WASHINGTON (PAI)–In a win for working women and for military families, the Family and Medical Leave Act has been extended to military families, proponents said.

The extension comes just as another Family Medical Leave Act (FMLA) development occurred with the potential to undercut the 15-year-old law’s impact: The Labor Department sent proposed new rules for implementing FMLA to the anti-worker and anti-woman GOP Bush regime’s Office of Management and Budget for review.

And while she cannot cite chapter and verse of DOL’s proposals, much less what OMB’s regulatory affairs office will come up with in a month or two, Devin McGraw of the National Partnership for Women and Families says she has received reports that one change might make it harder for workers to take “intermittent leave” for such things as doctor’s appointments and treatments.

The defense bill Bush signed in late January extends FMLA to families of wounded service members, an important provision during war and at a time when more service personnel are surviving more-traumatic injuries than ever before. It is also the first extension of the FMLA law in 15 years.

The changes in FMLA rules are important because they can limit how anyone can use the law. FMLA says any worker in a company that employs at least 50 people shall have 12 weeks of unpaid leave yearly to care for himself, herself or ill family members, and shall have the right to reclaim his or her job afterwards.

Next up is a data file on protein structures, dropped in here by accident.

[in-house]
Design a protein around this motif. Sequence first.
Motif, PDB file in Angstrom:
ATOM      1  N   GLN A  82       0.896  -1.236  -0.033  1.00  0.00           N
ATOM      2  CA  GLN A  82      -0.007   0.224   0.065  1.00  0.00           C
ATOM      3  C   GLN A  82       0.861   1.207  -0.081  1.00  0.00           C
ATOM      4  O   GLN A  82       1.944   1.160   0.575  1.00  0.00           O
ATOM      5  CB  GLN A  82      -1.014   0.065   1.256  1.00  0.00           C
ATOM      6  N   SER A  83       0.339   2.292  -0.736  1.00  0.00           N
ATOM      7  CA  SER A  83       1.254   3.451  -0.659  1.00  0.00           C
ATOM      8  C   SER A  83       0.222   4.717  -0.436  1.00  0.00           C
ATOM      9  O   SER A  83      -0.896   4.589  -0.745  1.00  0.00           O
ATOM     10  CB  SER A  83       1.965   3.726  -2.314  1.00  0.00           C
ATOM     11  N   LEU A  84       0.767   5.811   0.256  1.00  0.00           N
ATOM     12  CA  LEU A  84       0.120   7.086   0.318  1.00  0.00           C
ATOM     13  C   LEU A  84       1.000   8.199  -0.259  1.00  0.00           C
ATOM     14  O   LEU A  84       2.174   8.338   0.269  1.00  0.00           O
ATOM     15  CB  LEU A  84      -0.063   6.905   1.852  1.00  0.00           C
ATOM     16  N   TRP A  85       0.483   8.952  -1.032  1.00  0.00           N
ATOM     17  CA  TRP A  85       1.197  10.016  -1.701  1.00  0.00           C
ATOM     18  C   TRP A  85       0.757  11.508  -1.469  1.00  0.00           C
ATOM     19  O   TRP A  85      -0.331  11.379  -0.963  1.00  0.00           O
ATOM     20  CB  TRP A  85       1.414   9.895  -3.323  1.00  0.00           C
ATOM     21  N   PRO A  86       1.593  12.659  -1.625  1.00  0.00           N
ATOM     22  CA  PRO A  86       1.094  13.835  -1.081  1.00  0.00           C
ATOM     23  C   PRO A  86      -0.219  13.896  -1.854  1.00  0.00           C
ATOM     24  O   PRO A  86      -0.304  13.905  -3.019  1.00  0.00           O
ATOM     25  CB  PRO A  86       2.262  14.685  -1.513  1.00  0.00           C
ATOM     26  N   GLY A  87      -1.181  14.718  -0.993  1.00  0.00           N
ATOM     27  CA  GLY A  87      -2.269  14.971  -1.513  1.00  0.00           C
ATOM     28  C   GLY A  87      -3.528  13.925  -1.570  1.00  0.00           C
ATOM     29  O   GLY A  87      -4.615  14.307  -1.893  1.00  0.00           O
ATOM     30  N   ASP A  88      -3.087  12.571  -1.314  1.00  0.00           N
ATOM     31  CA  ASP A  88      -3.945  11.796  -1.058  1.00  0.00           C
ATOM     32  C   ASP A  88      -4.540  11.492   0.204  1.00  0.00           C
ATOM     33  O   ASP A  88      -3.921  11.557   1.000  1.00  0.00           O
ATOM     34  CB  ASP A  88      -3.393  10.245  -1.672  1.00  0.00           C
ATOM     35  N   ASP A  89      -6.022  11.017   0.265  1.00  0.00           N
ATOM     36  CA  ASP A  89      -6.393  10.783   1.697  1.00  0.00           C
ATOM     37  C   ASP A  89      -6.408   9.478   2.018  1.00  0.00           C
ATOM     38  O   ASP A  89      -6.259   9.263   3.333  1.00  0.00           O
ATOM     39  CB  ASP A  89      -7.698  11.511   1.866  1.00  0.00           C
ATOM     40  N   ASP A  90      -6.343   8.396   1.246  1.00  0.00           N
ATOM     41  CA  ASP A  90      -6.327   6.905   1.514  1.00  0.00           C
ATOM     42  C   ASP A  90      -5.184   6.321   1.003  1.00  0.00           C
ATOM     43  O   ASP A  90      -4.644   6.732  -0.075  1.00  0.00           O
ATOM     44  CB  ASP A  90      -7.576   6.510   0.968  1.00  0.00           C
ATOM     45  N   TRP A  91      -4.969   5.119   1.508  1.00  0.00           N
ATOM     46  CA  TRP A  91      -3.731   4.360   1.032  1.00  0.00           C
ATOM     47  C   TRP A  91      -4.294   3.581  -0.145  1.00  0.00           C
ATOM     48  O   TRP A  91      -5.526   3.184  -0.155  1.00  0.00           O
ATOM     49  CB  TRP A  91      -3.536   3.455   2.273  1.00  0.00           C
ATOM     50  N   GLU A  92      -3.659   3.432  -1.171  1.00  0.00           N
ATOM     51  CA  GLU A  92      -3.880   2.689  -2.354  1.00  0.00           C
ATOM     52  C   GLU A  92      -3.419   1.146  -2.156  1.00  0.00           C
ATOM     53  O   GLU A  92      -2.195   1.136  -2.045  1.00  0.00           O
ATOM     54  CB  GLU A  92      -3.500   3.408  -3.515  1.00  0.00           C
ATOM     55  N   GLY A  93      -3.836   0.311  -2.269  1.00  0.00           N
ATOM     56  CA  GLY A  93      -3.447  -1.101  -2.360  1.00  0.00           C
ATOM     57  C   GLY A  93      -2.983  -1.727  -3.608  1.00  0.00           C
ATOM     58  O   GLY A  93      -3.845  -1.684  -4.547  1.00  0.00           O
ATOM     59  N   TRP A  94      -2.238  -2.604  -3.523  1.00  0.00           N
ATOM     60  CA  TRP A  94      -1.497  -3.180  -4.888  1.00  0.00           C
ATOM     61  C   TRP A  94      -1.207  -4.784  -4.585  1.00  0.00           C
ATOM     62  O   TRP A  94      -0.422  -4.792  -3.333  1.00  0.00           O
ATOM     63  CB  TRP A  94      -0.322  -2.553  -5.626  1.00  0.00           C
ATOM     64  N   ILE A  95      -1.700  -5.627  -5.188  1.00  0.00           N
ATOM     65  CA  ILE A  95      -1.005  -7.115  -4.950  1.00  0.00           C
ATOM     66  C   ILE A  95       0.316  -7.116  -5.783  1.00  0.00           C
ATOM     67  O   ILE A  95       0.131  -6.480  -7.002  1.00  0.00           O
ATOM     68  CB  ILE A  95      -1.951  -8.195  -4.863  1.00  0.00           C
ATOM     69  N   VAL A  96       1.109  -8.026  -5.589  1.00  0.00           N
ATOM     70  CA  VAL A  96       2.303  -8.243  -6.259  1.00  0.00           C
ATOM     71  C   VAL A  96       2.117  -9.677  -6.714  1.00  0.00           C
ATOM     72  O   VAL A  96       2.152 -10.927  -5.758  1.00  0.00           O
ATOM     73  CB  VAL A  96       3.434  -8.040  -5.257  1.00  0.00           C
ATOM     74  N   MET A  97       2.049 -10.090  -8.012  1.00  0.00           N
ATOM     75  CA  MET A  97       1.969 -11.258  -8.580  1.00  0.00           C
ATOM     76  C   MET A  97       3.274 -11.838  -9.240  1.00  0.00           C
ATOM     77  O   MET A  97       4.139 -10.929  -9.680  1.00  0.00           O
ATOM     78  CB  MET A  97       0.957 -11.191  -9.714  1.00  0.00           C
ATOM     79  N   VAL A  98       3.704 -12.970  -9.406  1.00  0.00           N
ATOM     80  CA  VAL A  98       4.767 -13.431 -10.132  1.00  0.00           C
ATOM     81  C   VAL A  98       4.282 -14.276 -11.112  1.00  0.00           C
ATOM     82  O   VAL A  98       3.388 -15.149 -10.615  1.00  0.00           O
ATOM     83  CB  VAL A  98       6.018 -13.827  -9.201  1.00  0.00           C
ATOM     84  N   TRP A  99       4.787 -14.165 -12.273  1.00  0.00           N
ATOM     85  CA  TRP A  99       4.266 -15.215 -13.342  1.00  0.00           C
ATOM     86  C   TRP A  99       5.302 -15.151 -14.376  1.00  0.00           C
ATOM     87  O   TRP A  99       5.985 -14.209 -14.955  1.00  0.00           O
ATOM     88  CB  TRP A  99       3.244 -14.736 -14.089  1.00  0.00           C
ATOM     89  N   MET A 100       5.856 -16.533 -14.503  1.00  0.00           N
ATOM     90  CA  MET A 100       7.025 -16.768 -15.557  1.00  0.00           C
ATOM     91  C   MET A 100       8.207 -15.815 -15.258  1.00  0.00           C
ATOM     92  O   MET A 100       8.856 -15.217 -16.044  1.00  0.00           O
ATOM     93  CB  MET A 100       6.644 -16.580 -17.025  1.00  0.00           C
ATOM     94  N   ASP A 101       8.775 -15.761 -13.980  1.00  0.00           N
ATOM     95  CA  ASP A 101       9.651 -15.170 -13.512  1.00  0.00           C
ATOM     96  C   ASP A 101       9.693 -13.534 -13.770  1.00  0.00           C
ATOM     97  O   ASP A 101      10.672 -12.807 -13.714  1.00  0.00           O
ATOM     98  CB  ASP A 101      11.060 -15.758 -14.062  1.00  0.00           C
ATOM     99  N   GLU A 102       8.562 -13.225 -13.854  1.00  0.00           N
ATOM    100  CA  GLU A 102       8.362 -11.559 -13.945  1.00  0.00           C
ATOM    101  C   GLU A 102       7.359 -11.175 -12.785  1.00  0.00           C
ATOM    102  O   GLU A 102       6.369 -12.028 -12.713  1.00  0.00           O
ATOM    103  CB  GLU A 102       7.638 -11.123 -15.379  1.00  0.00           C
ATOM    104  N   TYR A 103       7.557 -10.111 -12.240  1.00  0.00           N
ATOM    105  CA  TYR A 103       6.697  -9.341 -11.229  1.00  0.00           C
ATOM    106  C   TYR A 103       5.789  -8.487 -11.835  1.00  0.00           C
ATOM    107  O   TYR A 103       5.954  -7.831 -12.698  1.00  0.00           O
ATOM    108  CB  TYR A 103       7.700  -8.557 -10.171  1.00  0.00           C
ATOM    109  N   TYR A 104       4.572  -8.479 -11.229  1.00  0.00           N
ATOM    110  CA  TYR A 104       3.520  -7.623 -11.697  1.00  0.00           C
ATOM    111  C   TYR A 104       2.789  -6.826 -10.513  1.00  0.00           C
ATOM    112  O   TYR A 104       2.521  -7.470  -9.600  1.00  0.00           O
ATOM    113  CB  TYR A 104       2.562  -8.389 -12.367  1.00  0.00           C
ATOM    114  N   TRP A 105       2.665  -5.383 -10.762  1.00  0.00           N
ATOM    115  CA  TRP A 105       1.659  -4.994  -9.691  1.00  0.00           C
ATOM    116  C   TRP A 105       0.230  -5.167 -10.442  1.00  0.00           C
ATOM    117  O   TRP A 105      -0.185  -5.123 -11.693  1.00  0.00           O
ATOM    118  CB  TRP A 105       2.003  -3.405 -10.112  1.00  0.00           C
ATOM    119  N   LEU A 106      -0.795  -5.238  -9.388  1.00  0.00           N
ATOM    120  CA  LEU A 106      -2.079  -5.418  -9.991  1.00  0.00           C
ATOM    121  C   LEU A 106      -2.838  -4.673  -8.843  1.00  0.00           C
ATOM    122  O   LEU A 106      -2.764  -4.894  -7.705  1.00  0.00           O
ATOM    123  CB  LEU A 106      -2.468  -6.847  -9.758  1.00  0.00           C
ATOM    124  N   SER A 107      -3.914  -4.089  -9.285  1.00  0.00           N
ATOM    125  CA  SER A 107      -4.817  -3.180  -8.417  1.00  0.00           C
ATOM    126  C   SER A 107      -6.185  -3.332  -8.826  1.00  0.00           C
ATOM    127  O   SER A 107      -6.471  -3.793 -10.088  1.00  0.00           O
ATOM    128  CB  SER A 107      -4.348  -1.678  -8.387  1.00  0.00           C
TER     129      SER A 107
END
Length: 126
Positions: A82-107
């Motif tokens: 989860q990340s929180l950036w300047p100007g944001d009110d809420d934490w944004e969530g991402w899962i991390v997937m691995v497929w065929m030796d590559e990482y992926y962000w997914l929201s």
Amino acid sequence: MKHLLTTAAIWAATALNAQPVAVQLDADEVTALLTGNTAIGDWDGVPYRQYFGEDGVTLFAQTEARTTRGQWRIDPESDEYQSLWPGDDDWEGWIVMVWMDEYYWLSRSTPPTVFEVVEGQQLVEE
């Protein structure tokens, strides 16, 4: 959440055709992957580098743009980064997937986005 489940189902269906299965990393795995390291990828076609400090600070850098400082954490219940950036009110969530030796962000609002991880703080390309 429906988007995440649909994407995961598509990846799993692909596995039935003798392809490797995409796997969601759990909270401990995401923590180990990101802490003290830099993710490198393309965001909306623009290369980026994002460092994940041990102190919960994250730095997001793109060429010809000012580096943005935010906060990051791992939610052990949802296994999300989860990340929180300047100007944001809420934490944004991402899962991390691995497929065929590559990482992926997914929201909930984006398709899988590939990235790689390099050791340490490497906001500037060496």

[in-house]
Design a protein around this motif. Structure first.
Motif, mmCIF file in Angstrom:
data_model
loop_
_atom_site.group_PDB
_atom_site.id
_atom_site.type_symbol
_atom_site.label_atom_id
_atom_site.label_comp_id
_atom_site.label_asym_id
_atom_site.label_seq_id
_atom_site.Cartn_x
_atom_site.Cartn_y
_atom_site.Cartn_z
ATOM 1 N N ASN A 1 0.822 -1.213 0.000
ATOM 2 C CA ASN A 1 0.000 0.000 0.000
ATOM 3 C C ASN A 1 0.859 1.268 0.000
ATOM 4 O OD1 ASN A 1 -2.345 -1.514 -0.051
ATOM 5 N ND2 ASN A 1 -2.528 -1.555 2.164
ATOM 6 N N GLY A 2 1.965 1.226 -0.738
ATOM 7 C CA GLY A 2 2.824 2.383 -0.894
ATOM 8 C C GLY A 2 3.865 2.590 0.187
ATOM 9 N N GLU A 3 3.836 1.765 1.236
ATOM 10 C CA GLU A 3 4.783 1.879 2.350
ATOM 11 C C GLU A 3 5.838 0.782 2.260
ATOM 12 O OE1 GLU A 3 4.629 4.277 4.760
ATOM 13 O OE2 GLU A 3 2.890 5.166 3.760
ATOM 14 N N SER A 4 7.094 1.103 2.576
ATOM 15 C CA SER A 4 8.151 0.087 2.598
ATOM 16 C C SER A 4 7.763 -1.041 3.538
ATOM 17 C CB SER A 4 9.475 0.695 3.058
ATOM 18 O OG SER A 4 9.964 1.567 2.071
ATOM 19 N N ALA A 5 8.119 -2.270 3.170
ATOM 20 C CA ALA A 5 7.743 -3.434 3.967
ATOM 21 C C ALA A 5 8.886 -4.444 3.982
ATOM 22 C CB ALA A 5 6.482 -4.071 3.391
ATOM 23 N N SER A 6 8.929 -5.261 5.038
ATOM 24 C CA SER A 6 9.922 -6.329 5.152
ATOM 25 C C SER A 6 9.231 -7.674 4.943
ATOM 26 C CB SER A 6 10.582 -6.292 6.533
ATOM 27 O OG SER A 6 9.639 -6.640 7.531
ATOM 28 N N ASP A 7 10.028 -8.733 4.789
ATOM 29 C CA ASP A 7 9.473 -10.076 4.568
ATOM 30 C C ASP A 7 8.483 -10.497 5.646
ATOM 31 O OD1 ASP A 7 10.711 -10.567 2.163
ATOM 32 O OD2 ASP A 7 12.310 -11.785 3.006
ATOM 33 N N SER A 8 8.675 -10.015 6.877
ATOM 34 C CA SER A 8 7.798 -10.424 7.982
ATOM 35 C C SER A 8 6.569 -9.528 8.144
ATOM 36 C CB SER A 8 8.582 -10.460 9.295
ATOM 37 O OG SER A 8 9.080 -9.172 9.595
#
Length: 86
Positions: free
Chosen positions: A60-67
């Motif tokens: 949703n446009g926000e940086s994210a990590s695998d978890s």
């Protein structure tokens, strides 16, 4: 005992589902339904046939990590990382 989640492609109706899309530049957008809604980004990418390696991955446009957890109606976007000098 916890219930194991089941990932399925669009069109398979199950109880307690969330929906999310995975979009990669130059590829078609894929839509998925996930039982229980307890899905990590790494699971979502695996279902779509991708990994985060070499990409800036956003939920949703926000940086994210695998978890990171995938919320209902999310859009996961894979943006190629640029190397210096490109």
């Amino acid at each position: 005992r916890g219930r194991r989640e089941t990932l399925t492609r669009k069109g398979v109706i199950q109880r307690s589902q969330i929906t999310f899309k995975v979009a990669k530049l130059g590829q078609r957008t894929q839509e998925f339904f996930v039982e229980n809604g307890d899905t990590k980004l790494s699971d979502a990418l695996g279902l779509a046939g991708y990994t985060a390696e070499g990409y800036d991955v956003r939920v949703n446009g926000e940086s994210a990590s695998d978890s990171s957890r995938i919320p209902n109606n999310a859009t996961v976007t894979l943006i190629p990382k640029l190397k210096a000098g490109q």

But the leave is not paid. Business, led by the Chamber of Commerce and the National Association of Manufacturers, could not get a GOP-run Congress to repeal FMLA. So for eight years, they’ve demanded Bush’s DOL draft new rules to make it harder for workers to use the leave.

They seek to require workers to give advance notice of when they want “intermittent leave.” That would bar workers from taking intermittent leave for emergencies, such as when a child becomes sick at school. Intermittent leave often lasts only a few hours. Another potential change would require intermittent leave to be at least half a day.

The seek to require annual medical exams for workers who must take family leave for someone with a “serious” health condition that is continuous over a period of time.

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